Sunday, January 20, 2013

Property tax limit expanded

One of the several new statutes passed in December and signed by the Governor:

Public Act 497 (2012) modifies the statute which implements Proposal A, placing limits ("caps") on increases to the real estate property tax. That statute specifies what constitutes a "transfer of ownership," a conveyance or transfer which removes the cap and allows the taxable value to increase, and then lists a series of events or conveyances which are not considered a "transfer of ownership" for Proposal A purposes. An example of the latter includes a conveyance of real estate from the owner to a trust whose sole present beneficiary is the same owner - the familiar revocable living trust.

The amendment adds another exception to the second list: a conveyance - or gift under a will or trust - from a parent to a child (or vice versa).

If the property in question is residential real estate, and if the use of the real estate "does not change," the cap on property taxes will continue after such a transfer. This new exception will apply to a conveyance after December 31, 2013.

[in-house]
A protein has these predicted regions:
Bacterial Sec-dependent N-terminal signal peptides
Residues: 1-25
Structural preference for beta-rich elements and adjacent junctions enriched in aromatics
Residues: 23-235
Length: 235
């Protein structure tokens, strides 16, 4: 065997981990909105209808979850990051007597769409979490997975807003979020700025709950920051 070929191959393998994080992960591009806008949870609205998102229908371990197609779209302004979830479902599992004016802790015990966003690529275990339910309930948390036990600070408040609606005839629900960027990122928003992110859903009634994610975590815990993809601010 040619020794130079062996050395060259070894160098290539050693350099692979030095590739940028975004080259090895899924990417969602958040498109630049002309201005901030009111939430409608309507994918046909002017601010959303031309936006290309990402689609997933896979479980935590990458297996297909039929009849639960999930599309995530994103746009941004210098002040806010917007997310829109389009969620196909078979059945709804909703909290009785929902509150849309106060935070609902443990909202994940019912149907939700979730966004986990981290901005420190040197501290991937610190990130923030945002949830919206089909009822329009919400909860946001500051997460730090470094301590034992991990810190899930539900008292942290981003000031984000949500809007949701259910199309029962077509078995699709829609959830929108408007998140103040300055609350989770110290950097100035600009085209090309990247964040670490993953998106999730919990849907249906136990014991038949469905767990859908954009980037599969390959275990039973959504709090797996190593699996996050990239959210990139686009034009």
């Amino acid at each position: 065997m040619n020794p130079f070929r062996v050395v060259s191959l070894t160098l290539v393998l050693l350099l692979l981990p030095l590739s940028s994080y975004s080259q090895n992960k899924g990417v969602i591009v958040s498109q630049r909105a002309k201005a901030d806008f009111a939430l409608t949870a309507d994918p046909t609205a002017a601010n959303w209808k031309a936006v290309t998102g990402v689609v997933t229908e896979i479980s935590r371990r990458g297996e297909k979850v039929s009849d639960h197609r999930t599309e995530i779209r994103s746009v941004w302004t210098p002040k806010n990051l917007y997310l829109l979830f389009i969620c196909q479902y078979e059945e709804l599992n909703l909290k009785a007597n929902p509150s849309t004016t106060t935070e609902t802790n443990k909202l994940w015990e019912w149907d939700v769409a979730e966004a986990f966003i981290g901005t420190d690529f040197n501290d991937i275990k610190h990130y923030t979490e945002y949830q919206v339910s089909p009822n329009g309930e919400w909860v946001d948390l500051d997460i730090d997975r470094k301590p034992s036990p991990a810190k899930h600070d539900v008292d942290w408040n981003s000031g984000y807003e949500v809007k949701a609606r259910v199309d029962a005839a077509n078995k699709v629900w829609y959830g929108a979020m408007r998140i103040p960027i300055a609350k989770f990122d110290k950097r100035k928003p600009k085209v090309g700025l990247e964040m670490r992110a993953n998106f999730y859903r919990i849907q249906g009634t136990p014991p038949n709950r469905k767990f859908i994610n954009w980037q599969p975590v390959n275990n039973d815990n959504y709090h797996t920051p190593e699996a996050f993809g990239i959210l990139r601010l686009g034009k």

The Act does not define what constitutes a change of use. One interpretation would be that a child who inherits a home that his parents owned and occupied and thereafter rents it out to a tenant will not be entitled to the continued exemption. But a contrary interpretation would be that any continued use of the land for single-family residential purposes would qualify for the extended cap.

Tuesday, January 1, 2013

The new "fiscal cliff" law

The "fiscal cliff" bill passed by the Senate on New Year's Eve and by the House on New Year's Day includes the following for estate taxes:
  • Retaining the current $5 million per person / $10 million per couple exemption amount. The amount will be indexed for inflation. (The exemption for 2013 is $5.25 million per person.)
  • A modest increase in the top estate tax rate (applicable to those whose assets are more than $1 million over the exemption) from 35% to 40% 
It also would raise taxes on long-term capital gains, for those with incomes over $400,000 per year ($450,000 for married couples), from 15% to 20%.

Extended for five years: the earned income credit, child tax credit, tuition credit.

The 2% holiday for Social Security payroll taxes was allowed to expire.